RESIDENTIAL SOLAR ENERGY PROS AND CONS


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Rising electricity rates and environmental considerations fuel a growing interest in solar photovoltaic (PV) technology. There are plenty resources on this subject on the web. Unfortunately, too many of them list only advantages of this technology and fail to explain all its drawbacks. In addition to this, it may not be easy for a homeowner to figure out an expected output in kilowatt-hours of a home solar system because of lack of practical "hard" information. As the result, people often have overly optimistic expectations for the PV systems. Well, not surprisingly, producing power from sunlight just like every other form of power generation has both advantages and disadvantages. The chart below will give you both sides of the story.





PV PROS

  • The fuel is obviously free.
  • The operation of photovoltaic systems does not produce any toxic-gas emissions, so-called greenhouse gases, or noise. For comparison, the conventional production of electricity from coal releases 1.5 pounds of carbon dioxide for each kilowatt-hour.
  • No moving parts are required unless you decided to install a solar tracker
  • The use of solar energy reduces our dependence on foreign oil. This in turn reduces the amount of money flowing to radical and totalitarian regimes of some oil exporters.
  • Solar technology is versatile- it can be used in broad range of applications from small calculators to power plants.
  • Ability to generate electricity in remote locations that are not linked to a grid, as well as in space.
  • PV has an ability to provide backup power when the grid fails.
  • Periods of maximum sunlight are usually correlated with periods of maximum energy usage.

PV CONS

  • High capital cost, currently about $6,000 per kilowatt of peak power installed (before rebates and various incentives). Although there are companies who will install a system and lease it to you for $0 down, you would need to pay for it in fixed monthly installments regardless of how much energy the panels produce.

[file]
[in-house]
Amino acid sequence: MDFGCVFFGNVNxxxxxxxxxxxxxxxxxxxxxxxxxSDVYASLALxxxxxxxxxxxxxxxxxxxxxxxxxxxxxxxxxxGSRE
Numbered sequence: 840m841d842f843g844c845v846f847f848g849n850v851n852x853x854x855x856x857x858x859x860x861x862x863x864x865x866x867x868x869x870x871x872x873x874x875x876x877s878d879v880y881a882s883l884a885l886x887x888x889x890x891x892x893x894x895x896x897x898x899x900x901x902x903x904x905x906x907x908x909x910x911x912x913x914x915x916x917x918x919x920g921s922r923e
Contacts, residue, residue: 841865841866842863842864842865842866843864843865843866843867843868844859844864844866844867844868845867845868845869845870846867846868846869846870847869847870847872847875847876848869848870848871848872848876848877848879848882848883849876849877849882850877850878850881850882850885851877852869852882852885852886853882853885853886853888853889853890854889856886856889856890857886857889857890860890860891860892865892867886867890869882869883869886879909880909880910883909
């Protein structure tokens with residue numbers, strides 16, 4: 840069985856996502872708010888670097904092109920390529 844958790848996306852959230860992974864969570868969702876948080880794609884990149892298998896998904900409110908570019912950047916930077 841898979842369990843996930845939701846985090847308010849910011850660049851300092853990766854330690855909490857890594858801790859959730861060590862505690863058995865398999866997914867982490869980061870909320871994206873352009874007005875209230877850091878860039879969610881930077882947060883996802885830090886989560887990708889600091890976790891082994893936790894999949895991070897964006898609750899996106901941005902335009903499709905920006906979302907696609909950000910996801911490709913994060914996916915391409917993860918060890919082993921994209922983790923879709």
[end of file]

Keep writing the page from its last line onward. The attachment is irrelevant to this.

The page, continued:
• Solar energy requires large surface areas for useful amounts of electricity generation. Depending on the panel efficiency, you may need from 6 to 12 square meters (65 to 129 square feet) per kilowatt of peak capacity in non-concentrated light. At an average U.S. "insolation" of 4.5 sun-hours, you may get total of 0.37 to 0.75 kW-hours per sq.meter during an entire day. This would be under 16 to 32 watt per sq.m averaged over a 24-hour period. For more details see this analysis and a calculation of typical amount of PV-powered electricity.
  • PWM inverters inject high-frequency currents into home wiring, which acts as a large antenna. According to some studies, this electromagnetic radiation can cause negative health effects.
  • Because the intensity of sunlight varies with the time of day and weather conditions, an off-grid solar system requires either large storage batteries or to other supplemental energy sources.
  • The production of PV modules uses some hazardous materials (such as cadmium and lead). This can present health and safety hazards, if proper precautions during manufacturing, installation and recycling are not taken.
In conclusion, solar powered electricity of course is environmentally more friendly than electricity produced from coal and other fossil fuels. It also reduces our dependence on oil imports, although currently sunlight is used mainly in electricity generation, while oil-- in transportation. On a negative side, at present, non-concentrated photovoltaic generators are not quite cost competitive. While rebates and incentives can often offset more than half of the installation cost, for the society in general the net cost may never be recovered. In addition to this, shale oil extraction is expected to make the U.S. self-sufficient in energy in about two decades anyway. Currently, among sunlight applications, concentrated solar power as well as the thermal systems seem to be more economically feasible solutions than photovoltaic-based electricity.

ADDITIONAL INFORMATION:
Skeptical Science- examining the science of global warming skepticism.